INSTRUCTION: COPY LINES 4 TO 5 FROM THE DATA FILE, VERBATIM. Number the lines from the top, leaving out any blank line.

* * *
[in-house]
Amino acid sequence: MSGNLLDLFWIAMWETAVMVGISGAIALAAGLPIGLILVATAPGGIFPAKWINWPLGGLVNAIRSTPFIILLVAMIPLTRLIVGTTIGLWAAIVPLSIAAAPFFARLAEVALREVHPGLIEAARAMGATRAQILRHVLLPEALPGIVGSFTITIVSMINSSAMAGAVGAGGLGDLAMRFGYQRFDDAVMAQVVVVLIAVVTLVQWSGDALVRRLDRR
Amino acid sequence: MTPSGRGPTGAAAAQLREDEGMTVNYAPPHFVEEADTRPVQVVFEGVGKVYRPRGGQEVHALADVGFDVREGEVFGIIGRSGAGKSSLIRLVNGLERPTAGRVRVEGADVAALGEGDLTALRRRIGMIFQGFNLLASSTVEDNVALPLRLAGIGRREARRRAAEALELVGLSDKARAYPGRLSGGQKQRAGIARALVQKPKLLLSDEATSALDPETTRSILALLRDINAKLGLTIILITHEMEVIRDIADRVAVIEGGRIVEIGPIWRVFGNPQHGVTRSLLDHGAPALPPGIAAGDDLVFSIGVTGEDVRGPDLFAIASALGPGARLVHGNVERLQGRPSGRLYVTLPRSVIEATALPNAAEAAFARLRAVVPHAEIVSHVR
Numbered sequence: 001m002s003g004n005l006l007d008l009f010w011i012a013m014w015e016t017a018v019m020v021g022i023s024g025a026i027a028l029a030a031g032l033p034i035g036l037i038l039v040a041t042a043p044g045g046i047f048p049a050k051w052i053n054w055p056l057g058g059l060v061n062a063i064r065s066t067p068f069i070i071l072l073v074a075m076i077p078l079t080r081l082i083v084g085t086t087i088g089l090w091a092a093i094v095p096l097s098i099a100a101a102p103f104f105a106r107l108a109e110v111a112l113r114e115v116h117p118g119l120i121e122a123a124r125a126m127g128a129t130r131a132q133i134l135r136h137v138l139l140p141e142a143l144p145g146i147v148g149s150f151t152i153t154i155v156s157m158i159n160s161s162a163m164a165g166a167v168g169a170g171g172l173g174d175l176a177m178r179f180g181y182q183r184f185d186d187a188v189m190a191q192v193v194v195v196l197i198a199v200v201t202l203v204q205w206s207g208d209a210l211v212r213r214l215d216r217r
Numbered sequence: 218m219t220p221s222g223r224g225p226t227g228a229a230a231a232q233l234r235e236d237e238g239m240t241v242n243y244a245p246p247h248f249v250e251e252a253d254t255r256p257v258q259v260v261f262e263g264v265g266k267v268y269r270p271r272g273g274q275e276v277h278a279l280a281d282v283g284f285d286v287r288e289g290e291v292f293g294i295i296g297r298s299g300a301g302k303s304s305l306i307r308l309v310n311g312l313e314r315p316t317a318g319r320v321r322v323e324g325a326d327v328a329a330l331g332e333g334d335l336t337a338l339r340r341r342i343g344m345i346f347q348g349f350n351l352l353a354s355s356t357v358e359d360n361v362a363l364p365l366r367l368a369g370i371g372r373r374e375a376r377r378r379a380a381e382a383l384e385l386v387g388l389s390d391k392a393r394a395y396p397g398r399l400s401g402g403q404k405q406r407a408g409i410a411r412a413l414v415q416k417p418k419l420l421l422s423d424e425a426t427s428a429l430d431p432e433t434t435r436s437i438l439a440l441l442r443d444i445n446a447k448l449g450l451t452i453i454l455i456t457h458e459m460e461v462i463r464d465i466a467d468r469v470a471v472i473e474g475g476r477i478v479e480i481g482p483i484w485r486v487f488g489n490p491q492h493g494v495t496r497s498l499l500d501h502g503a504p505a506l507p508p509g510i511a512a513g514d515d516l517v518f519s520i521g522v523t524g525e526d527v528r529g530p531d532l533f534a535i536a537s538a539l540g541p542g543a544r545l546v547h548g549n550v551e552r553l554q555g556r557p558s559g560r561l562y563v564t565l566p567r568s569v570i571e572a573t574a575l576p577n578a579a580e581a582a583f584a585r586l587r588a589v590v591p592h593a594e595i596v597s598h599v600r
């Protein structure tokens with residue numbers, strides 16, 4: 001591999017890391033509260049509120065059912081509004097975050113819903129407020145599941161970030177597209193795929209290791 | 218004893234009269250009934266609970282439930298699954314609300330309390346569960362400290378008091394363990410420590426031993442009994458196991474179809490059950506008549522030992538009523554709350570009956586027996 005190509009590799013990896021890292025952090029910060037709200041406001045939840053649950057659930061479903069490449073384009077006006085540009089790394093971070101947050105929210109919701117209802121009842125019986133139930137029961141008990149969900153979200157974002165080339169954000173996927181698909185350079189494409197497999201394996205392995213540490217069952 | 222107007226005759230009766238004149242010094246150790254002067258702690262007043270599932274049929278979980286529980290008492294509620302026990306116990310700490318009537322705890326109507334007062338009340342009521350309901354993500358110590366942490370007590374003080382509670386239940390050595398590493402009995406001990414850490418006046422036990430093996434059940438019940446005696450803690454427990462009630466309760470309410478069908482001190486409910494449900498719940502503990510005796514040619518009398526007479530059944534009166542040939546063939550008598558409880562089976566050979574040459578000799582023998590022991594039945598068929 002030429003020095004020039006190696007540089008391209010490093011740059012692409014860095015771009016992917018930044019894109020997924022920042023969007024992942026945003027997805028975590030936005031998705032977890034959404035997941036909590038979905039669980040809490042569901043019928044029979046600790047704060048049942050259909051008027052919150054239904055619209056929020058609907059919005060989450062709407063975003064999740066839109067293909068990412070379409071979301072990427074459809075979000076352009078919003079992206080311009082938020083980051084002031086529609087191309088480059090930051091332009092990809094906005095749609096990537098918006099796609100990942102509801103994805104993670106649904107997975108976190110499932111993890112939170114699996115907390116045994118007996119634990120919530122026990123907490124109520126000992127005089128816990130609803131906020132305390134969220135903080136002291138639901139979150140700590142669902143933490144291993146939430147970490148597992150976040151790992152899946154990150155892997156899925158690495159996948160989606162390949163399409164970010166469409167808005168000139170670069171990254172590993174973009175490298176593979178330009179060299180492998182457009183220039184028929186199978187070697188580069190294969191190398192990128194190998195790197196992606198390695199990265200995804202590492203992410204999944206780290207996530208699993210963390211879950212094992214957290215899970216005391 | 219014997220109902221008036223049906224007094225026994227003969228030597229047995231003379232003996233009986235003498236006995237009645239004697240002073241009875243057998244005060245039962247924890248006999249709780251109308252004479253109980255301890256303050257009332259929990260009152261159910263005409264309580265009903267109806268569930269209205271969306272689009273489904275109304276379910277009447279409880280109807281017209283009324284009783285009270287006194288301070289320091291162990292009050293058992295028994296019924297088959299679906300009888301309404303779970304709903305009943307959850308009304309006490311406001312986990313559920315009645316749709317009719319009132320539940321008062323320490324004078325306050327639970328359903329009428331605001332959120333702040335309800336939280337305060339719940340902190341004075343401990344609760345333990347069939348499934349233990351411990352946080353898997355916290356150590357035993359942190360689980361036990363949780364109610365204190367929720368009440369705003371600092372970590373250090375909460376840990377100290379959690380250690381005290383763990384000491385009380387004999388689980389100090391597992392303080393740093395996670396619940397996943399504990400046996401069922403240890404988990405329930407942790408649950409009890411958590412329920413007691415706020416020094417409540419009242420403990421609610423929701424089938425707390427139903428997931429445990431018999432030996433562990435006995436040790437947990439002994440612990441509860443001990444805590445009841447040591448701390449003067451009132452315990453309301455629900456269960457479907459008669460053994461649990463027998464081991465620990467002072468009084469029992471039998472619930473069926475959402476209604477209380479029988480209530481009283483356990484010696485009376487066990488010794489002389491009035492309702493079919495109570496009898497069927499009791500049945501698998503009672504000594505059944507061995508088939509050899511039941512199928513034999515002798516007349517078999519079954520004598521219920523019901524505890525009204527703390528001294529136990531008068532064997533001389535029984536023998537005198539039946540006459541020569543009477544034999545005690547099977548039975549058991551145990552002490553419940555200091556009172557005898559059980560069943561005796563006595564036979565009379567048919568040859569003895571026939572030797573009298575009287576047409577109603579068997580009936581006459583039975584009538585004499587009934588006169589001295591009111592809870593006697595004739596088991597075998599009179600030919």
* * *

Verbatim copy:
Numbered sequence: 001m002s003g004n005l006l007d008l009f010w011i012a013m014w015e016t017a018v019m020v021g022i023s024g025a026i027a028l029a030a031g032l033p034i035g036l037i038l039v040a041t042a043p044g045g046i047f048p049a050k051w052i053n054w055p056l057g058g059l060v061n062a063i064r065s066t067p068f069i070i071l072l073v074a075m076i077p078l079t080r081l082i083v084g085t086t087i088g089l090w091a092a093i094v095p096l097s098i099a100a101a102p103f104f105a106r107l108a109e110v111a112l113r114e115v116h117p118g119l120i121e122a123a124r125a126m127g128a129t130r131a132q133i134l135r136h137v138l139l140p141e142a143l144p145g146i147v148g149s150f151t152i153t154i155v156s157m158i159n160s161s162a163m164a165g166a167v168g169a170g171g172l173g174d175l176a177m178r179f180g181y182q183r184f185d186d187a188v189m190a191q192v193v194v195v196l197i198a199v200v201t202l203v204q205w206s207g208d209a210l211v212r213r214l215d216r217r
Numbered sequence: 218m219t220p221s222g223r224g225p226t227g228a229a230a231a232q233l234r235e236d237e238g239m240t241v242n243y244a245p246p247h248f249v250e251e252a253d254t255r256p257v258q259v260v261f262e263g264v265g266k267v268y269r270p271r272g273g274q275e276v277h278a279l280a281d282v283g284f285d286v287r288e289g290e291v292f293g294i295i296g297r298s299g300a301g302k303s304s305l306i307r308l309v310n311g312l313e314r315p316t317a318g319r320v321r322v323e324g325a326d327v328a329a330l331g332e333g334d335l336t337a338l339r340r341r342i343g344m345i346f347q348g349f350n351l352l353a354s355s356t357v358e359d360n361v362a363l364p365l366r367l368a369g370i371g372r373r374e375a376r377r378r379a380a381e382a383l384e385l386v387g388l389s390d391k392a393r394a395y396p397g398r399l400s401g402g403q404k405q406r407a408g409i410a411r412a413l414v415q416k417p418k419l420l421l422s423d424e425a426t427s428a429l430d431p432e433t434t435r436s437i438l439a440l441l442r443d444i445n446a447k448l449g450l451t452i453i454l455i456t457h458e459m460e461v462i463r464d465i466a467d468r469v470a471v472i473e474g475g476r477i478v479e480i481g482p483i484w485r486v487f488g489n490p491q492h493g494v495t496r497s498l499l500d501h502g503a504p505a506l507p508p509g510i511a512a513g514d515d516l517v518f519s520i521g522v523t524g525e526d527v528r529g530p531d532l533f534a535i536a537s538a539l540g541p542g543a544r545l546v547h548g549n550v551e552r553l554q555g556r557p558s559g560r561l562y563v564t565l566p567r568s569v570i571e572a573t574a575l576p577n578a579a580e581a582a583f584a585r586l587r588a589v590v591p592h593a594e595i596v597s598h599v600r